This man is on a mission to convince you that, despite how bad it looks, civilization is working. Who knew optimism could be such a hard sell?
What if all our kvetching about the sheer misery of life on Earth is, in fact, self-perpetuating hooey? What if humanity is healthier, wealthier, happier, safer, better educated and more peaceful than ever before? What if there truly is no greater time to be alive than right now?
Steven Pinker—professor of psychology at Harvard University, two-time Pulitzer Prize finalist and author of more than 10 books about human behavior and instinct—has written that the idea of the present as a dystopia marked only by decay and suffering is “wrong wrong, flat-earth wrong, couldn’t-be-more-wrong.” We’re flourishing, he argues. Not only that, but our boundless cynicism has left us vulnerable to demagogues who weaponize ambient anxiety and use it to justify dangerous agendas.
Pinker’s latest book, Enlightenment Now: The Case for Reason, Science, Humanism, and Progress, is an encomium for the present. Rather than blindly panicking, he suggests we focus on “the historical sweep of progress,” with an eye toward its perpetuation. “Every measure of human well-being has shown an increase,” he told me recently. “You can’t appreciate that reading the newspapers, because news is usually about things that go wrong. You never have a reporter standing in front of a school, saying, ‘Here I am, reporting live in front of a school that hasn’t been shot up today.’ ”
Taking a formal tour of the United Nations with a man who holds nine honorary doctorates (in addition to an actual doctorate, from Harvard, in experimental psychology) is surreal for a handful of reasons, chief among them being that he knows the right answer to every single question the guide asks.
Pinker, wearing black cowboy boots, jeans and a blue sweater, played it cool—he always waited to see if anyone else felt like venturing a guess first. Then he’d slowly raise a hand and deliver a casual but terrifyingly precise answer: There are 193 member nations. There have been 10 rogue nuclear tests since the Comprehensive Nuclear Test Ban Treaty of 1996. The UN has identified 17 sustainable development goals to be achieved over a 15-year period that began in 2016. Our guide regarded us with suspicion. When Pinker wasn’t answering her questions, we were chattering at each other, trailing the group, pausing to take pictures—in Pinker’s words, two “bad students.”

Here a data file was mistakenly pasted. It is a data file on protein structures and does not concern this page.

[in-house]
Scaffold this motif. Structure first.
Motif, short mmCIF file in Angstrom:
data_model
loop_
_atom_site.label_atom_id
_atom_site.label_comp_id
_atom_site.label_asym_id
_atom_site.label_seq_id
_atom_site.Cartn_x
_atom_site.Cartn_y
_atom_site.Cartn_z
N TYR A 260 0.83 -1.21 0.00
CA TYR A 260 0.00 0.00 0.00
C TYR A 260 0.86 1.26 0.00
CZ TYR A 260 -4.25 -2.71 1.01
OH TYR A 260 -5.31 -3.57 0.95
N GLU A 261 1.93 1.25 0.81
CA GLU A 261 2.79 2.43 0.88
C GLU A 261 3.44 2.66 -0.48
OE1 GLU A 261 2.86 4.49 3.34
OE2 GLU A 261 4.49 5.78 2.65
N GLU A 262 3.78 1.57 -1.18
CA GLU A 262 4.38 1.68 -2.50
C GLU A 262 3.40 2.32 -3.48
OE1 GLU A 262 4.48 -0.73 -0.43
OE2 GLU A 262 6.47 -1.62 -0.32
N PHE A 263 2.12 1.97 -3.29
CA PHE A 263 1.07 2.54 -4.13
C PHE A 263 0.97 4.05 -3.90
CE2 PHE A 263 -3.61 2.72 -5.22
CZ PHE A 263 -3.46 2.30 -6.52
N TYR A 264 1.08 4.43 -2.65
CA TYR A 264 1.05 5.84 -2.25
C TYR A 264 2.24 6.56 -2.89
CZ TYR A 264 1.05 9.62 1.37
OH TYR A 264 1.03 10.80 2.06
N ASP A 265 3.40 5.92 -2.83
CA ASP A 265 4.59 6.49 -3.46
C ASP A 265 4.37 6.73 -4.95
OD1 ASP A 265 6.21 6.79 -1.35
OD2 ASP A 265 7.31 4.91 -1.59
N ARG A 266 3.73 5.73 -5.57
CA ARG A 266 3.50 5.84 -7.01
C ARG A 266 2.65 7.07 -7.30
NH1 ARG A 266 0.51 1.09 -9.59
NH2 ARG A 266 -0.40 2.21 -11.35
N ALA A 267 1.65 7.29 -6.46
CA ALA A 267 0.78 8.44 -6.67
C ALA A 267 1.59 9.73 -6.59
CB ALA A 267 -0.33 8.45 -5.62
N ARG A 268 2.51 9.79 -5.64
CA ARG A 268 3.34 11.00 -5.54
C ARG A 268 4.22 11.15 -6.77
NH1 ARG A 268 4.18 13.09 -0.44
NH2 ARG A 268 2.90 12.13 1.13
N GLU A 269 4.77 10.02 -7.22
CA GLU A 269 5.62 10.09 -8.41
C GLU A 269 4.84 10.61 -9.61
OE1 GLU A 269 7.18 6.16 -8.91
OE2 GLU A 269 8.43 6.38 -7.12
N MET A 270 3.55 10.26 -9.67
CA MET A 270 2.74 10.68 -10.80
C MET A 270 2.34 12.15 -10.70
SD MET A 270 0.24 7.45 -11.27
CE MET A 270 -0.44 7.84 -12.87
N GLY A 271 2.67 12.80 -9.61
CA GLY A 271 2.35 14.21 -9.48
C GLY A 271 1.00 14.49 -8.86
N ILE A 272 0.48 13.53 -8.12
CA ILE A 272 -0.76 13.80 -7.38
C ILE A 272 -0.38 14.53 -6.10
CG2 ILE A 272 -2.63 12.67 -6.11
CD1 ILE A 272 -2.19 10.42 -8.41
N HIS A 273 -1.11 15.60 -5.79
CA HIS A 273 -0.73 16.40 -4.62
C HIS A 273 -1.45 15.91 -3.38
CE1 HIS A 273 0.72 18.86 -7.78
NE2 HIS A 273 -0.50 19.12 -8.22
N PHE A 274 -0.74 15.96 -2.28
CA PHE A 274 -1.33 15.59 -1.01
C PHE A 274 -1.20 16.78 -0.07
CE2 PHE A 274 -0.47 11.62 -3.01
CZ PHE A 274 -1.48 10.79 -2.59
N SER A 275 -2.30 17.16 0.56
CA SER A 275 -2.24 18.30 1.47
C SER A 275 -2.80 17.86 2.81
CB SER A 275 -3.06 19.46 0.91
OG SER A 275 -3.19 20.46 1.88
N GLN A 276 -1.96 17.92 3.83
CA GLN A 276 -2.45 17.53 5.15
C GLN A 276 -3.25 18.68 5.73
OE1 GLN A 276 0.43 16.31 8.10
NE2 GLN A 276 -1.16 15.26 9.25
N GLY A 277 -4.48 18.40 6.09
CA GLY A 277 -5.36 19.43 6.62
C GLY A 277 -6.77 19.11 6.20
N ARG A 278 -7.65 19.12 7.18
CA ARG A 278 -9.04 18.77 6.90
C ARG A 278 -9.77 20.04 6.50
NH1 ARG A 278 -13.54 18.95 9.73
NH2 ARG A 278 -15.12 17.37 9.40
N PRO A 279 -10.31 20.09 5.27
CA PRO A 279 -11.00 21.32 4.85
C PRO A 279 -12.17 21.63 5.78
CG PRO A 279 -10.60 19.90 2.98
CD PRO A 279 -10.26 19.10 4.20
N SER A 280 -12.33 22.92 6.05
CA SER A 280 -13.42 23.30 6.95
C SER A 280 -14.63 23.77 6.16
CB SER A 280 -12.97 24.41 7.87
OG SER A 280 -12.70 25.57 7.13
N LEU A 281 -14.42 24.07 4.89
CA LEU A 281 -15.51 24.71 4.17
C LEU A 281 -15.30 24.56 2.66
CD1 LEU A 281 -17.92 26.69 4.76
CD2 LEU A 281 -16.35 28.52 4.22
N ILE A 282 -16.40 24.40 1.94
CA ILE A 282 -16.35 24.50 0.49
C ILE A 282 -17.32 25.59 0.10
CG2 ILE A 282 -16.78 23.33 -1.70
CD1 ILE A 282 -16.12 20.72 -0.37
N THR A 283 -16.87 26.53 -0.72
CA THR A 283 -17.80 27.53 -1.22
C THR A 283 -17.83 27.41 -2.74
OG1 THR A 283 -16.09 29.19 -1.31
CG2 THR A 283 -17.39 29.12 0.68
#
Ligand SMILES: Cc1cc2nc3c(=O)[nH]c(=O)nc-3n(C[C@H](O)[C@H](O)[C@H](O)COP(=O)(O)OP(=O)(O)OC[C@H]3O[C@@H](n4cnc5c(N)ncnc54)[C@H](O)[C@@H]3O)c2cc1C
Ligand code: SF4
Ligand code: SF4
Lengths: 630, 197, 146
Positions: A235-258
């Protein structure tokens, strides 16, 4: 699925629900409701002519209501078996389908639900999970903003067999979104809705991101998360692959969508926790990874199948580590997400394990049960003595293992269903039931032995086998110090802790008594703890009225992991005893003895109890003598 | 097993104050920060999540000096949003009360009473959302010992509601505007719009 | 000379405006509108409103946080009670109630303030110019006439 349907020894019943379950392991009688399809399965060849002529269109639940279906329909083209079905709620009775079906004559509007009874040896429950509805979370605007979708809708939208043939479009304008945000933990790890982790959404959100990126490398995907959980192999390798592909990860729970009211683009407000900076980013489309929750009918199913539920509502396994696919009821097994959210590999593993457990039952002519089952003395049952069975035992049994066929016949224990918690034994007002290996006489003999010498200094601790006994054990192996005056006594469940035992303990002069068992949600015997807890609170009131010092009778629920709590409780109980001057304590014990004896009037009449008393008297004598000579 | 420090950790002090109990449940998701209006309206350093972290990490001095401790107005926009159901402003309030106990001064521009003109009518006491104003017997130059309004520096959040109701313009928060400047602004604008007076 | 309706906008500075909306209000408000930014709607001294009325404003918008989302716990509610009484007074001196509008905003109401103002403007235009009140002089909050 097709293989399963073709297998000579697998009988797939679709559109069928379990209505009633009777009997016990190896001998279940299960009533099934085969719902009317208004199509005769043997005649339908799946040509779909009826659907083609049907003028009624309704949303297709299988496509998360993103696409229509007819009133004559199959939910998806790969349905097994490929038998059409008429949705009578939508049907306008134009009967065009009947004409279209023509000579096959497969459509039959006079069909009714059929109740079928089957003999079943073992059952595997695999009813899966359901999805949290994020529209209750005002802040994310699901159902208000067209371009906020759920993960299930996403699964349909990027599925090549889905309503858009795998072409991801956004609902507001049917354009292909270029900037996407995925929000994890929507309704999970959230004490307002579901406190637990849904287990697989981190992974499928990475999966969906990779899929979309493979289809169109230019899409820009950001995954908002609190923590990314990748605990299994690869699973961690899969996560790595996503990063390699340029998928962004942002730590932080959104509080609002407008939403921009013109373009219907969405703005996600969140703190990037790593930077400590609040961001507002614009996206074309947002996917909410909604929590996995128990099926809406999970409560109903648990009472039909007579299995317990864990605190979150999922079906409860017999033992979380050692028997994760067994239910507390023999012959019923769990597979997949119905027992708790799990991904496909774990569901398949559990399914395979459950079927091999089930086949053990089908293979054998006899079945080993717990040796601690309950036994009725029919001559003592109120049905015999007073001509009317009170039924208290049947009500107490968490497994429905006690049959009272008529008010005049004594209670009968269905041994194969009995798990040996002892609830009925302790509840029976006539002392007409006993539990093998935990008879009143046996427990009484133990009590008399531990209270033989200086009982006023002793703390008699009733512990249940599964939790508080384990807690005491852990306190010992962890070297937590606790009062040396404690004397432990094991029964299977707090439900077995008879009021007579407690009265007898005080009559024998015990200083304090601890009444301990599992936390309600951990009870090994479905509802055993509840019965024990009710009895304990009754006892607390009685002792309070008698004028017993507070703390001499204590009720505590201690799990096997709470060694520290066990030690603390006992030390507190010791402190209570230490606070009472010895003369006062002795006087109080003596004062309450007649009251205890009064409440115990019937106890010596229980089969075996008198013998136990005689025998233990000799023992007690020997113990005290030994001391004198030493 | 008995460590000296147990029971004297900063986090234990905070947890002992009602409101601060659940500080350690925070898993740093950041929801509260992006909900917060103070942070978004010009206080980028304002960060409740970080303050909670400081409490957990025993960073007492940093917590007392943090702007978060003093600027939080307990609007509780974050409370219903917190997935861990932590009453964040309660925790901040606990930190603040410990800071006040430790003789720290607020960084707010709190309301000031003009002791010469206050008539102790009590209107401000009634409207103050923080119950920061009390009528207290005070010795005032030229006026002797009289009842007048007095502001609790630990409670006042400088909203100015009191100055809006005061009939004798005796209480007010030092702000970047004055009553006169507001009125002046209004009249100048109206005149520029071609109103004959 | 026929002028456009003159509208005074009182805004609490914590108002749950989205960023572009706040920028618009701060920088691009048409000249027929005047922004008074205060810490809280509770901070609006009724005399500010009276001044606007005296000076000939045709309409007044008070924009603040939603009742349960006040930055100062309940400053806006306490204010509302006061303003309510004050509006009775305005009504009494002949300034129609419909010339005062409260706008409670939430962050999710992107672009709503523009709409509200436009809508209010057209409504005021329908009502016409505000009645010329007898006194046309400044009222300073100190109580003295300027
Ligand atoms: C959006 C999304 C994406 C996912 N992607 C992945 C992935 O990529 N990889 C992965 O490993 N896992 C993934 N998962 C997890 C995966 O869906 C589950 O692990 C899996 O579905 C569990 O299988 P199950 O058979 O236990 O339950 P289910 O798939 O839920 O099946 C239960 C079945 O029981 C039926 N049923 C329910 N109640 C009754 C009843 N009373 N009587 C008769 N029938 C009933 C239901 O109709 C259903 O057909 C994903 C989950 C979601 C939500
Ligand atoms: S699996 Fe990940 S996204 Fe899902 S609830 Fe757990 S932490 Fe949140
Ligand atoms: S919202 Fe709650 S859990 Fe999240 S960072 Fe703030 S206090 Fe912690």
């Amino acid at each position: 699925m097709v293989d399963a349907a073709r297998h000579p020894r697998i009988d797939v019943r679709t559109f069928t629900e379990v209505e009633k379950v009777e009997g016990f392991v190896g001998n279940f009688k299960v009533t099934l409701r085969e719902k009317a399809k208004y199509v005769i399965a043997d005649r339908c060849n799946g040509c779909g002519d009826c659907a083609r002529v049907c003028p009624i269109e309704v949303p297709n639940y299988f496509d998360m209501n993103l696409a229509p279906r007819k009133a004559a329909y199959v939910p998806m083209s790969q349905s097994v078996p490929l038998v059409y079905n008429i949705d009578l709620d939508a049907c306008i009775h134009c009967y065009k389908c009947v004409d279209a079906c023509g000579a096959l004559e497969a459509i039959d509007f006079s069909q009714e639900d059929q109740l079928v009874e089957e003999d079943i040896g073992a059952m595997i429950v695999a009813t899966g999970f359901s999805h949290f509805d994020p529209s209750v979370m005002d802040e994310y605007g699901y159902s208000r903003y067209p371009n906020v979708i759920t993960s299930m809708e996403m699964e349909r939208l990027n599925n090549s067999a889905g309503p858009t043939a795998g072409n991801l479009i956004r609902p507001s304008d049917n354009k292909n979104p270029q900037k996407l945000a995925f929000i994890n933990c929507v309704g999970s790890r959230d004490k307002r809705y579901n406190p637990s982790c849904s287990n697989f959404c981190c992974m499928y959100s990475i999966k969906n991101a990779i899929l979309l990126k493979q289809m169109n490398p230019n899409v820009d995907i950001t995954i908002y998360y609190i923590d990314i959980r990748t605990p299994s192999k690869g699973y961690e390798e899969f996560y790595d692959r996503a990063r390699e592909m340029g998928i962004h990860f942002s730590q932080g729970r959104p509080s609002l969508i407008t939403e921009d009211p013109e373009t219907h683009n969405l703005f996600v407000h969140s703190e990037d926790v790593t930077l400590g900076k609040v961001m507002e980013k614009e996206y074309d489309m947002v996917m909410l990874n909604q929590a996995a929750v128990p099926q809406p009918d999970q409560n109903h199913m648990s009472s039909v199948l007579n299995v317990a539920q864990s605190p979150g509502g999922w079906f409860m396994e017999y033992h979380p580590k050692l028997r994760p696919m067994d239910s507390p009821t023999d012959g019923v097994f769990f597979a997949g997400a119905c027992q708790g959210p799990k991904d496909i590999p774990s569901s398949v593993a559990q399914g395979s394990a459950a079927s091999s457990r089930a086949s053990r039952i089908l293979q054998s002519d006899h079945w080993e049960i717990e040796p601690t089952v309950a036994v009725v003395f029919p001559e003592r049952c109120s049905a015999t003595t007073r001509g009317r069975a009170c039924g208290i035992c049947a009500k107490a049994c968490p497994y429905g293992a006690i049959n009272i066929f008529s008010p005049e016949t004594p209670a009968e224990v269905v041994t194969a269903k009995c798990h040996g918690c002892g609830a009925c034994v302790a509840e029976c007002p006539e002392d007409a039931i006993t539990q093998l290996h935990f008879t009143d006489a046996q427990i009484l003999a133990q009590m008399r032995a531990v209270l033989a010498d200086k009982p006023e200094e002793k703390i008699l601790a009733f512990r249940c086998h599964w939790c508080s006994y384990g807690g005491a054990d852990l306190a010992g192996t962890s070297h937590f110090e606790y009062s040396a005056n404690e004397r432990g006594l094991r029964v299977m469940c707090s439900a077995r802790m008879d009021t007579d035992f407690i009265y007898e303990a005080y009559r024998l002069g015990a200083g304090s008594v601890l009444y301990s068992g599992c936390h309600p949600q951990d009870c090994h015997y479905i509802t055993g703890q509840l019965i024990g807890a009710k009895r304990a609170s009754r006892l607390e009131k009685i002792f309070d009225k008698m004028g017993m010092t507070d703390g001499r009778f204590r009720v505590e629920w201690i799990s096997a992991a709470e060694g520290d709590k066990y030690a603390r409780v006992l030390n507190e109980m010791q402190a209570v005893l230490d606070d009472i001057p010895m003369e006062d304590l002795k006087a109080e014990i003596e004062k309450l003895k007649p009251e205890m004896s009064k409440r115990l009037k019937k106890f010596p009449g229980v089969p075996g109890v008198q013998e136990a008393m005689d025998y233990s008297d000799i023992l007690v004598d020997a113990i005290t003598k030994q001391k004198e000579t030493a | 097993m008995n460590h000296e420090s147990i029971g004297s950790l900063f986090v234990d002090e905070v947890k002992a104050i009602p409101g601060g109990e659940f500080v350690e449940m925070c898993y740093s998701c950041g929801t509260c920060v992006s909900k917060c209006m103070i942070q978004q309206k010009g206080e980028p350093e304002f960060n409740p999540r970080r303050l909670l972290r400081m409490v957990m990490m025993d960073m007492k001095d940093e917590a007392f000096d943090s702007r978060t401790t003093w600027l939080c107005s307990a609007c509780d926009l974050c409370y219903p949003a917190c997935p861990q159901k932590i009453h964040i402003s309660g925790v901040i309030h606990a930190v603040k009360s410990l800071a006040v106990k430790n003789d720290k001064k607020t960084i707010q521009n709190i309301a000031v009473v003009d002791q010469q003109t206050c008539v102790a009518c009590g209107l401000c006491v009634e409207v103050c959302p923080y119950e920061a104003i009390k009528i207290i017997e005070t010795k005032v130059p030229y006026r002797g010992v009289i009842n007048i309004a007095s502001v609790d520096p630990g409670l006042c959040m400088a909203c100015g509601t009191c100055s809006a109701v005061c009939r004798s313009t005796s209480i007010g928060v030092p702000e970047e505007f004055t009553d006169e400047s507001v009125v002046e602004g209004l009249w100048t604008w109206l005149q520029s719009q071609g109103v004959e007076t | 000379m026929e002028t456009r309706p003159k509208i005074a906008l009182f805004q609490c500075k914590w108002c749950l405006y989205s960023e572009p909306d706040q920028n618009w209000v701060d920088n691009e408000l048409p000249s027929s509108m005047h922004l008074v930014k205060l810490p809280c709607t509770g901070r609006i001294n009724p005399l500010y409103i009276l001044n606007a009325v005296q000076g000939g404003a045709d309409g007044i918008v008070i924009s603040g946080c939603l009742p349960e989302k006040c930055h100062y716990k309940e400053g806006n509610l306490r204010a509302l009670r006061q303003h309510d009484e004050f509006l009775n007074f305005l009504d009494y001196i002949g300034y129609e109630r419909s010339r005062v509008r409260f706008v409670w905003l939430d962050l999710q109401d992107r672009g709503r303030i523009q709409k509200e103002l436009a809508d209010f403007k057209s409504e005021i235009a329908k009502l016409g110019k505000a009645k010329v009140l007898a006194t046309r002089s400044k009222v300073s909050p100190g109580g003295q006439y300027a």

Enlightenment Now includes dozens of charts and matrices, some of which display data collected by the UN. But it’s the organization’s very existence that best confirms the book’s arguments. As we wandered its hallways, Pinker pointed to the UN’s sustainability goals (which include eradicating extreme poverty and hunger, reducing child mortality, ending gender discrimination, ensuring clean water and sanitation, and more) as evidence of a secular-humanist morality—a plain, shared sense of right and wrong that exists independent of institutions. “The concept of human rights hinges on the fact that we all have universal needs,” Pinker explained after we’d retreated to a café in the basement of the building. “We’d all prefer to be alive than dead, well-fed than starving and healthy than sick, and we all want our kids to grow up, and everyone agrees that literacy is a good thing. So if we can combine universal human interests with a universal capacity for reason, we can define a bedrock that all humans share and that you can build a morality around.”
Pinker first seeded the notion of a shared ethic in his 2002 book, The Blank Slate: The Modern Denial of Human Nature. “The point of that book was to push back against the idea of a blank slate, not to deny that cultures differ,” he said. “Obviously they differ, but I think beneath all of that variation there is a universal human nature given to us by evolution, and that helps ground concepts like universal human rights.”